9 Lives for Women Blog

4 Tips for Succeeding in Any Flexwork Reinvention | February 4th, 2019

As you consider a return to the workforce or a move from your current job to one that offers more flexibility, avoid setting off impetuously toward flexible jobs that may have the right hours and the right location, but not the right fit. As I say in my book, Ambition Redefined, career reinvention, recycling, or rebranding requires careful thinking and planning to make sure that the work you choose is both personally fulfilling and financially sound. Here are four preliminary steps I’ve learned through trial and error, four entrepreneurial ventures, and many career incarnations.

  1. Get a full financial tune-up.

Find out if your flexwork idea makes long-term dollars and sense. Melissa Ciotoli, a certified financial planner and financial counselor at Resnick Advisors, once transitioned to the workforce after a 10-year family hiatus. She now tells clients to thoroughly research how a career break or the compensation for any new job or entrepreneurial venture will impact long-term security. “Very often,” Ciotoli notes, “career reinvention requires financial re-engineering. Even a slight dip in income—or period of no income while building a business—can negatively impact retirement savings.”

  2. Rebalance your life portfolio.

Reinvention gives you the opportunity to find work flexibility and fit a new career more neatly into all aspects of your life. David Corbett, a thought leader on life transitions for professionals, created the concept of a “portfolio life” to illustrate how we all should invest in a diversified set of experiences. His seminal book by the same name, Portfolio Life: The New Path to Work, Purpose, and Passion after 50, encourages readers to integrate income-producing activities, family, interests, travel, giving back, new learning, and more for a life that is more balanced and satisfying. Rebalancing is particularly in order when you’re considering an entrepreneurial venture. How much time will be left for your family, exercise, hobbies—the things that keep you happy, less stressed, and fulfilled? Unless you have the ability to hire staff on day one, a business can consume all waking hours of your life.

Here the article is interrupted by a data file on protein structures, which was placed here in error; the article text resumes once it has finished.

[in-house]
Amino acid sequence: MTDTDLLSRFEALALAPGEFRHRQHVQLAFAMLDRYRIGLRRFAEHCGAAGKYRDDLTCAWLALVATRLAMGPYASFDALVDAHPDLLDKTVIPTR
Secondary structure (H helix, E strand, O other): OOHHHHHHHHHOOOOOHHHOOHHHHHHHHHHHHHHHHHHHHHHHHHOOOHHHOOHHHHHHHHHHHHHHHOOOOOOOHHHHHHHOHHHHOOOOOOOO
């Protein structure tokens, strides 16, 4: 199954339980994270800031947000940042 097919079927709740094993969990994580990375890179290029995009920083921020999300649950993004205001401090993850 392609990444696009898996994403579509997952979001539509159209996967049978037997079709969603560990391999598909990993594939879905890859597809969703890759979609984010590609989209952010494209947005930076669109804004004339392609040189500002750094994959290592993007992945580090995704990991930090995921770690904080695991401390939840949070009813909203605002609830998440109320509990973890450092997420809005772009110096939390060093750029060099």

3. Take a deep dive into your true motivations.

You could want to be an organic farmer or a teacher in an underserved school, but whether you should be is another important matter. There’s no changing or downsizing your professional DNA: for true happiness, fulfillment, and success you can’t ignore your core motivations. Fulfilling flexwork isn’t just about the work structure; it’s about the work environment.

  4. Find your reinvention gurus.

To keep her business moving in positive directions, Boulder, Colorado–based executive consultant Ginny Corsi (who counts teaching, journalism, executive education, and Wall Street marketing among her many professional lives) greatly respects the words of Brené Brown who speaks eloquently on one of her personal values: “beingness, not just doingness.” Brown came to fame with her TED talk on vulnerability and articles like “Exhaustion Is Not a Status Symbol.” Brown and many other authors, blog writers, TED speakers, and experts of all kinds can be your inspiration to recharge, renew, reinvent, and find the flexibility that fuels your passions and your ability to support yourself and your family.

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